Date: December 6-7, 2018
Learn about the tools and techniques used to characterize groundwater/surface water interactions, an increasingly timely topic as interest in this topic grows, during this two-day NGWA short course.
You will learn about the tools and techniques used to characterize these interactions to be able to evaluate the environmental risk they pose at contaminated waterways. You will also gain insight on the evolving regulatory perspectives relative to resource management, environmental investigations, and remedial actions.
The first day of the course will present field methods. Field work will be conducted to measure the physical and chemical conditions in the hyporheic zone. The projected methods emphasized will include piezometers, permeameters, and seepage meters.
Day two of the course will present mathematical approaches utilized to define the conditions at the interface, including a description of commonly used analytical and numerical approaches to assess groundwater flux and attenuation in the hyporheic zone. These approaches will be presented relative to existing regulatory science.
Date: December 6-7, 2018
Instructor: Bill Deutsch
This two-day short course will provide you an introduction to the important geochemical processes that affect groundwater composition and methods for developing reasonable conceptual models using site-specific data. Conceptual models will also be combined with an equilibrium modeling code to produce a geochemical model of a site.
The geochemical processes that affect rviewthe composition of natural groundwater and the movement of groundwater contaminants include a wide variety of solid phase/water and gas interactions in the subsurface. It is oftentimes impossible to predict the impact of these interactions on groundwater composition without a realistic conceptual geochemical model of the system and a means to calculate the interdependent chemical reactions.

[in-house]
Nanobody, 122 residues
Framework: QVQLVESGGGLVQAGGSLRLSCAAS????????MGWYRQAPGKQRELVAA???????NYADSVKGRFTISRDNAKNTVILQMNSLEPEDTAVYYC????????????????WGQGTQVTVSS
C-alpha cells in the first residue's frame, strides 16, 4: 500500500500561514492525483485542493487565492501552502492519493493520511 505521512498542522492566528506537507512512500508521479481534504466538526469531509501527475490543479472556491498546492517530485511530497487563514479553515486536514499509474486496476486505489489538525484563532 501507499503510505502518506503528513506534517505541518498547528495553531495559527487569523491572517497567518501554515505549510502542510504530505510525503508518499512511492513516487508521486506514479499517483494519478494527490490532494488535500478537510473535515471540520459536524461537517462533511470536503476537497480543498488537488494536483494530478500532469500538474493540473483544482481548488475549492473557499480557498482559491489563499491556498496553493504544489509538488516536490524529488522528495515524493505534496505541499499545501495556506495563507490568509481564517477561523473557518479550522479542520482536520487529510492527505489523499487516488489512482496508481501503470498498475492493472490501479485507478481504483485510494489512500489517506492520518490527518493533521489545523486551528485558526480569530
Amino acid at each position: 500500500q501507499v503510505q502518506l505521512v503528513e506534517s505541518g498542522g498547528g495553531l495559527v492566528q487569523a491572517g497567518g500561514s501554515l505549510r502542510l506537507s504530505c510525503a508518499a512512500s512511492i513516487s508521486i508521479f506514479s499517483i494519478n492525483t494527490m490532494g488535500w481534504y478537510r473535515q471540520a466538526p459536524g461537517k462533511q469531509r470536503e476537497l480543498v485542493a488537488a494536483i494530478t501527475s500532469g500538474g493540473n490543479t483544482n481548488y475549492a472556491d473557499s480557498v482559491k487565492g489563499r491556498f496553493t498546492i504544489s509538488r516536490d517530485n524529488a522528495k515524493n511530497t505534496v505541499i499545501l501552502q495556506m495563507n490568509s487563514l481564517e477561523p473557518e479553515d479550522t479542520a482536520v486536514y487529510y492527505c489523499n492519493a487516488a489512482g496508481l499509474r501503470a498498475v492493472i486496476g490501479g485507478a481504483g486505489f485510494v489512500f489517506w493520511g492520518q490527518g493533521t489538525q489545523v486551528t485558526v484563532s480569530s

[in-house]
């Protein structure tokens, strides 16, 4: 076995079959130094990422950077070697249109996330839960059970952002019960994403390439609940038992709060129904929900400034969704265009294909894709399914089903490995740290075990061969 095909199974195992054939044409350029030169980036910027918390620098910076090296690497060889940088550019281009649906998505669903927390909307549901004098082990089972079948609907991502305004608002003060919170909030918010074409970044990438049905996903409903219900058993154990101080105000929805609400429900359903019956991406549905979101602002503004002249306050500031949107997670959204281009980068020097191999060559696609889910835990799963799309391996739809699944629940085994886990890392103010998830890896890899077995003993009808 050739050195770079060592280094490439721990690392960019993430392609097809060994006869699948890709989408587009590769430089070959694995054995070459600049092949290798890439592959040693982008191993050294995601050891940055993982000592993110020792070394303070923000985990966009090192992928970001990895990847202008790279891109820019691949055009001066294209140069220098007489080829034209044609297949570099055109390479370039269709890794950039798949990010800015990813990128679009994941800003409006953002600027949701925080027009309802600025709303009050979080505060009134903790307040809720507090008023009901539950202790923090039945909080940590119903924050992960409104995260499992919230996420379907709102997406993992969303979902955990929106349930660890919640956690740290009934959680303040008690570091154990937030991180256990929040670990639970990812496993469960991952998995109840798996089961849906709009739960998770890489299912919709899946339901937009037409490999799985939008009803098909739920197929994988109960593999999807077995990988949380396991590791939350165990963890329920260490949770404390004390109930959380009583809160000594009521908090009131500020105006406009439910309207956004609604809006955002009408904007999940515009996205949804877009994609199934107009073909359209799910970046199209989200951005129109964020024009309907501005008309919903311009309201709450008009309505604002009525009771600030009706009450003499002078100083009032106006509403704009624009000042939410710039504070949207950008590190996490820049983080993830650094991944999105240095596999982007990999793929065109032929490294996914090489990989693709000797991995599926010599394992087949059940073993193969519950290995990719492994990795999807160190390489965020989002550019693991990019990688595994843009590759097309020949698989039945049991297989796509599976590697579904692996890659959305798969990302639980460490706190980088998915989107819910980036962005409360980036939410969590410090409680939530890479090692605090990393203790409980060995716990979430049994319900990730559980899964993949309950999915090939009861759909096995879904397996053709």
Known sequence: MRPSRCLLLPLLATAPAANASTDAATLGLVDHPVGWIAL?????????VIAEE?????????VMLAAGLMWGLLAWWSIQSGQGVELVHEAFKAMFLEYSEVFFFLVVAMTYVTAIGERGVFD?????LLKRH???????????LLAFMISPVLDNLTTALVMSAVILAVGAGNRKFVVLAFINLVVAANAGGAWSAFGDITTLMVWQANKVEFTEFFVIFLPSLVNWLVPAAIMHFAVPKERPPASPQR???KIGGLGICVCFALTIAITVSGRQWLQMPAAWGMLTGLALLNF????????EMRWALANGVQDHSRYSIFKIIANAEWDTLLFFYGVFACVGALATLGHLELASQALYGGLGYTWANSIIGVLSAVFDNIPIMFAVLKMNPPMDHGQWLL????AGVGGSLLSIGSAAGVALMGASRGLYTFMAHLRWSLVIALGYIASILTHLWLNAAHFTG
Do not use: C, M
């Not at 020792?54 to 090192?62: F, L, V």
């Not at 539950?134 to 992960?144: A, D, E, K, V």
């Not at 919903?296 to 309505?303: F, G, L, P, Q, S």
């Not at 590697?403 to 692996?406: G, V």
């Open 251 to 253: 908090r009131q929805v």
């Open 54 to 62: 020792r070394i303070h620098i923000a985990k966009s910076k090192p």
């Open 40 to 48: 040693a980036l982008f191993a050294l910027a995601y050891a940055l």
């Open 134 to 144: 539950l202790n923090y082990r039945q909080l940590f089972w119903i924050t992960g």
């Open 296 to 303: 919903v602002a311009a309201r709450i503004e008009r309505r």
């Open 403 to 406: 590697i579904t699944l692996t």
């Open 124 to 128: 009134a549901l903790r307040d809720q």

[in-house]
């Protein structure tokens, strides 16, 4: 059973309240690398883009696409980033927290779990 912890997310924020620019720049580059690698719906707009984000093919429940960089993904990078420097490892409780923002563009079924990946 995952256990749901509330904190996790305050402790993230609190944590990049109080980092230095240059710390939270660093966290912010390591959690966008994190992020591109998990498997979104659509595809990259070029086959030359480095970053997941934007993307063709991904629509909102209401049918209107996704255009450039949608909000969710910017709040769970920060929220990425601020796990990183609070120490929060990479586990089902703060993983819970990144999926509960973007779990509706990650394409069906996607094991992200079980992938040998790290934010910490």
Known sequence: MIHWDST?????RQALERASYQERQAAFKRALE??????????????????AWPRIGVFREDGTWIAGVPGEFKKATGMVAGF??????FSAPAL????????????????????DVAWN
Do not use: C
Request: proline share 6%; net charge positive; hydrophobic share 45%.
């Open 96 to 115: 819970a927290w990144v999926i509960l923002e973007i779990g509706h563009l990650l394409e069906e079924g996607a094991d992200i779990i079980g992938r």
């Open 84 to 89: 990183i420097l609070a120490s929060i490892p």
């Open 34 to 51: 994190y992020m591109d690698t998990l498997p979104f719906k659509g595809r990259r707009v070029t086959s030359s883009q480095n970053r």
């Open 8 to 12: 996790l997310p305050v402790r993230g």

This course will strengthen your understanding of the fate and transport of groundwater contaminants, and provide you with techniques and software for using site data to develop geochemical models for a given site. In addition to site understanding, geochemical models can be used in a predictive mode for evaluating natural attenuation of contaminants and designing in situ and ex situ remediation methods.
You will receive an introduction to groundwater geochemistry and chemical reaction modeling using PHREEQCI (free, widely used USGS code) for natural and contaminated systems. Emphasis will be placed on inorganic reaction modeling involving major ions and trace metals. Each session will include a discussion of an important geochemical process (such as mineral dissolution/precipitation, oxidation/reduction, or adsorption/desorption) and a demonstration of modeling the process with PHREEQCI. Practice sessions will integrate examples presented in lectures into realistic problems to provide valuable experience in modeling at specific sites.